Outlaw Audio Model 7125 Seven Channel Amplifier Reviewed

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Outlaw Audio Model 7125 Seven Channel Amplifier Reviewed

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Outlaw-7125-multichannel-amp-review-rear.jpgHigh Points
The Model 7125 is attractive but not flashy and is simple and easy to use. It has more in common with a wood-burning stove in terms of reliability than many other affordable, Internet-direct sold suitors.
The Model 7125 is designed and assembled right here in the USA.
For those with lower powered AV receivers, the Model 7125 is a wonderful upgrade and addition towards the creation of a higher end sounding and performing system. Even if your AV receiver is rated to or around the Model 7125's reported power output, you'd be surprised how different your system will sound with a separate power amplifier.
The Model 7125's sonic traits are in line with the rest of the Outlaw lineup of amps including its costlier siblings such as the 7500 and even the 7900.
The Model 7125's sound works well for movies (obviously) though it's surprisingly musical and even manages to take some of the edge off lower resolution recordings making them not only listenable but also enjoyable.

Low Points
The Model 7125's binding posts aren't impressive though they more than get the job done, though those with spade terminated cables may come to loathe their grooved plastic surrounds.
For those with less sensitive loudspeakers, their larger rooms may be underserved by the Model 7125's power output. Thankfully, Outlaw has you covered for the logical next stepup would be their 7200, which retails for $1,849 and churns out 200-Watts per channel into eight Ohms and 300-Watts per into four.

Competition and Comparison
One cannot mention Outlaw Audio or anything Internet-direct without mentioning Emotiva, which is arguably Outlaw's number one competitor. Currently on Emotiva's site there is no 125-Watt multi-channel amp solution though historically that responsibility has fallen to the UPA-7. The UPA-7 boasts largely the same power output as the Model 7125, though it doesn't quite pack the same punch, employing a smaller transformer, fewer output devices - not to mention greater total harmonic distortion. At the time of this review Emotiva no longer offers the UPA-7, though when they did it sold for $699.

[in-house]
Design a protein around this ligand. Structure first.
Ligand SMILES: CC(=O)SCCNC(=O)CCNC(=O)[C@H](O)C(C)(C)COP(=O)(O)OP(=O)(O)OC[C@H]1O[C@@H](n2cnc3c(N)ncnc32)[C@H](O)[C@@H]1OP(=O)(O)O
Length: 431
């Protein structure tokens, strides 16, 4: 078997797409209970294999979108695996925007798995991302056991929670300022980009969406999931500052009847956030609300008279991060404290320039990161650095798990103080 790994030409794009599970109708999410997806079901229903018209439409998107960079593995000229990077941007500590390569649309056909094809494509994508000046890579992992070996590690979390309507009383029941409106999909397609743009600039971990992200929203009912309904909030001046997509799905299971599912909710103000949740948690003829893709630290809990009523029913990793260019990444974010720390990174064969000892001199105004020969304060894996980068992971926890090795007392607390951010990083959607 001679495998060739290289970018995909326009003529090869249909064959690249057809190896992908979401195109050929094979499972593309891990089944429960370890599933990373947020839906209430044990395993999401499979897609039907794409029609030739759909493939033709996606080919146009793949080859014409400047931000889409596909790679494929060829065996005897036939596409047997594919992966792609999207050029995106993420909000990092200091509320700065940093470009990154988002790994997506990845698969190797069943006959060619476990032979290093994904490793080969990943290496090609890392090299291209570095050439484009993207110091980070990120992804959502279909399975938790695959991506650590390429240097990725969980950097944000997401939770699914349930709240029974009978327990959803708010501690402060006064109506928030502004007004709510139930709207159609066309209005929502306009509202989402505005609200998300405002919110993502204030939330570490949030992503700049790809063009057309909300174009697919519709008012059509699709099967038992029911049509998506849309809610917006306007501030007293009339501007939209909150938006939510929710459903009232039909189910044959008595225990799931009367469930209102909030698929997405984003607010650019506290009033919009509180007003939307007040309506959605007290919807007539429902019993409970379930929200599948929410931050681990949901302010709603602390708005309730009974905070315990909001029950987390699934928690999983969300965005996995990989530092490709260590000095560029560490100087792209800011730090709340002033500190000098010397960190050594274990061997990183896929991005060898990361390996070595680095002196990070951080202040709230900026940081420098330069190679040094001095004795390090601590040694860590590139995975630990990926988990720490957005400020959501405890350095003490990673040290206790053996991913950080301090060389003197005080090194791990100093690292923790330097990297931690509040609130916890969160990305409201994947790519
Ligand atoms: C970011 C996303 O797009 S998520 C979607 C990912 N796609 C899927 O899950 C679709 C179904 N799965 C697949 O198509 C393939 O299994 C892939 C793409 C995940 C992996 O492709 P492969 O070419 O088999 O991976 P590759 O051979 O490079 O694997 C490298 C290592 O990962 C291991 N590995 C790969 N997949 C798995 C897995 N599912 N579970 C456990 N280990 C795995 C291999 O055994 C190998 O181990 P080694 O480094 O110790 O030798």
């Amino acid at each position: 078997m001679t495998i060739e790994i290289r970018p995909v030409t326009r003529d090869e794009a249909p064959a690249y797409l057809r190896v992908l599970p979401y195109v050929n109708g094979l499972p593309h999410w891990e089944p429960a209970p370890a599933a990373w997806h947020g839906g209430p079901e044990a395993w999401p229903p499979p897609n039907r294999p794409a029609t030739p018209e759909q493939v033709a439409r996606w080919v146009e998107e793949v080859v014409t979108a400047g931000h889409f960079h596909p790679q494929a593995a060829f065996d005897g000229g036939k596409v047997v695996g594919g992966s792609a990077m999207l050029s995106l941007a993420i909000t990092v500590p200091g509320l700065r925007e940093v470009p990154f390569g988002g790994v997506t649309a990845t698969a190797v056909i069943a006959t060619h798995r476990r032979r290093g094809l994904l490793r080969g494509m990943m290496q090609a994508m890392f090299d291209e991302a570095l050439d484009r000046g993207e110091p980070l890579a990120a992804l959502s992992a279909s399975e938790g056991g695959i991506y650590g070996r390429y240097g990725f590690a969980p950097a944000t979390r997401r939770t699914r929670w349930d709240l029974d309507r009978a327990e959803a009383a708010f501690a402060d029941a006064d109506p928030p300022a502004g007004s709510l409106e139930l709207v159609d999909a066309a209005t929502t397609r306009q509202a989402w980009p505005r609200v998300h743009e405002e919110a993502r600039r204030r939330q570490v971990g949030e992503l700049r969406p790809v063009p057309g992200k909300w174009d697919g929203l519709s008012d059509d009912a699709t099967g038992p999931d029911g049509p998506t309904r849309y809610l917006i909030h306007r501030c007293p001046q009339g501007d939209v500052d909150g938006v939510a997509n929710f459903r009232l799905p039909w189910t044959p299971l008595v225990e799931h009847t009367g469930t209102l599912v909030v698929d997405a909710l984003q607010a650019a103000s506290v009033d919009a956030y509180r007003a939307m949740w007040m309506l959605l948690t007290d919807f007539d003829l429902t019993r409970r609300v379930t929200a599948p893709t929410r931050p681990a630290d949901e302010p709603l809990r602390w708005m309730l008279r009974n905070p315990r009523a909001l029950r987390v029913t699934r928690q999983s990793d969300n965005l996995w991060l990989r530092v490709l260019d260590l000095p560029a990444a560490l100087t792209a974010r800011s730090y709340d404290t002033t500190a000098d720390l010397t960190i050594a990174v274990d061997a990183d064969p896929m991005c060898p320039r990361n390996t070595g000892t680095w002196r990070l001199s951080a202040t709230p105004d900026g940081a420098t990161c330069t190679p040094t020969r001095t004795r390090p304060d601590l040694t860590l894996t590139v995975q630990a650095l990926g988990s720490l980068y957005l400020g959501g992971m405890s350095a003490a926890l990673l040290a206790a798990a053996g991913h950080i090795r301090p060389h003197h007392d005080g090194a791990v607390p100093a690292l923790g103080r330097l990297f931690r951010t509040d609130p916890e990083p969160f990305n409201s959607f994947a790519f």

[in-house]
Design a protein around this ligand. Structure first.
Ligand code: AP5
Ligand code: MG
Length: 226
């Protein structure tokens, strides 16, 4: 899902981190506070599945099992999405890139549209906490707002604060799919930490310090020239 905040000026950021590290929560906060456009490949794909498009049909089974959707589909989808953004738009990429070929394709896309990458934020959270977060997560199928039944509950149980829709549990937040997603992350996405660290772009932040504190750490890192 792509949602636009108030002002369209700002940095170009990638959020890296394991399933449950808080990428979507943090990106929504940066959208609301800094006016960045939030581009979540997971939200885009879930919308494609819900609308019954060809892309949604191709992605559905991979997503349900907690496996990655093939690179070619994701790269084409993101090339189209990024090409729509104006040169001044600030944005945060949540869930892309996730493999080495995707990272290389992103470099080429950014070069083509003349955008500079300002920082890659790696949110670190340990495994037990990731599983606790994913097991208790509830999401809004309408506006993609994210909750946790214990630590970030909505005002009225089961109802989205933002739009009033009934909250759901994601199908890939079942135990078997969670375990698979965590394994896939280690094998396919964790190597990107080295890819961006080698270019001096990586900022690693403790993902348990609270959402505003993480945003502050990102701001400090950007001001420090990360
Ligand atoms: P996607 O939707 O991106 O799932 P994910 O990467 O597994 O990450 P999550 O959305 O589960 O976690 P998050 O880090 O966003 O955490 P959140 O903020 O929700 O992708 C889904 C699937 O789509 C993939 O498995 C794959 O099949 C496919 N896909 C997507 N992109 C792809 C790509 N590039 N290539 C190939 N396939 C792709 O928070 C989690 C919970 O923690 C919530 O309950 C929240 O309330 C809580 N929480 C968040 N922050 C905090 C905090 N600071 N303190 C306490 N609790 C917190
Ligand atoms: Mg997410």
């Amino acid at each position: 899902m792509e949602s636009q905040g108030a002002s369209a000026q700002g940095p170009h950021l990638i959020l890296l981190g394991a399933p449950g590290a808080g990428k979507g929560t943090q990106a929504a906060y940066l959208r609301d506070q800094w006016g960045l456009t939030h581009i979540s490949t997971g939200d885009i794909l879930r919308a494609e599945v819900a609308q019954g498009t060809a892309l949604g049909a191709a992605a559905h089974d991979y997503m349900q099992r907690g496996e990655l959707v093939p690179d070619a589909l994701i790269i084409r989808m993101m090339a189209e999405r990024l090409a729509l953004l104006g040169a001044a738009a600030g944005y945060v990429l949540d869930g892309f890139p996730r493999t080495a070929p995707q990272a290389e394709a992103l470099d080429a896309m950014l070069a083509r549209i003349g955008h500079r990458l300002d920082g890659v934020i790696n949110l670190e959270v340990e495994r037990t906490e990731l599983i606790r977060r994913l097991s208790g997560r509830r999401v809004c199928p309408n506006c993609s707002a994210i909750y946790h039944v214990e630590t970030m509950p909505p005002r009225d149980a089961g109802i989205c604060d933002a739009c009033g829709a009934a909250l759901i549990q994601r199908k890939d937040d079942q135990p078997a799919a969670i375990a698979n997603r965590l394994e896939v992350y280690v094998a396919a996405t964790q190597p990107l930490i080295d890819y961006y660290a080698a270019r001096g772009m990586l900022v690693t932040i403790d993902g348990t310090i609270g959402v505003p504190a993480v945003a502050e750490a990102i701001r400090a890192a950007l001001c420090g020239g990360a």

Other possible contenders include Parasound's Halo A52 as well as NAD's T-975, both of which cost considerably more than the Model 7125 - a testament to the 7125's performance and value.

For more on these multi-channel amplifiers as well as others please visit Home Theater Review's Multi-channel Amplifier page.

Outlaw Audio has managed to pack quite a bit of amplifier into their Model 7125 seven channel amplifier for its modest, sub $1,000 price. While there are numerous 125-Watt multi-channel amps available today, some costing as little or close to the Model 7125's asking price, the simple fact remains that if you're looking to break into the separates game, there are few better options than taking the first step with Outlaw Audio's Model 7125. The 7125's mix of power, finesse and musicality coupled with its modest asking price make it a no-brainer in terms of getting my recommendation.

Additional Resources
Read more multi-channel amp reviews by HomeTheaterReview.com's staff.
Find an AV preamp to pair with the Model 7125.
Explore Bookshelf Speakers and Floorstanding Speakers for the Model 7125 to drive.

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HTR Product Rating for Outlaw Audio Model 7125 Seven Channel Amplifier

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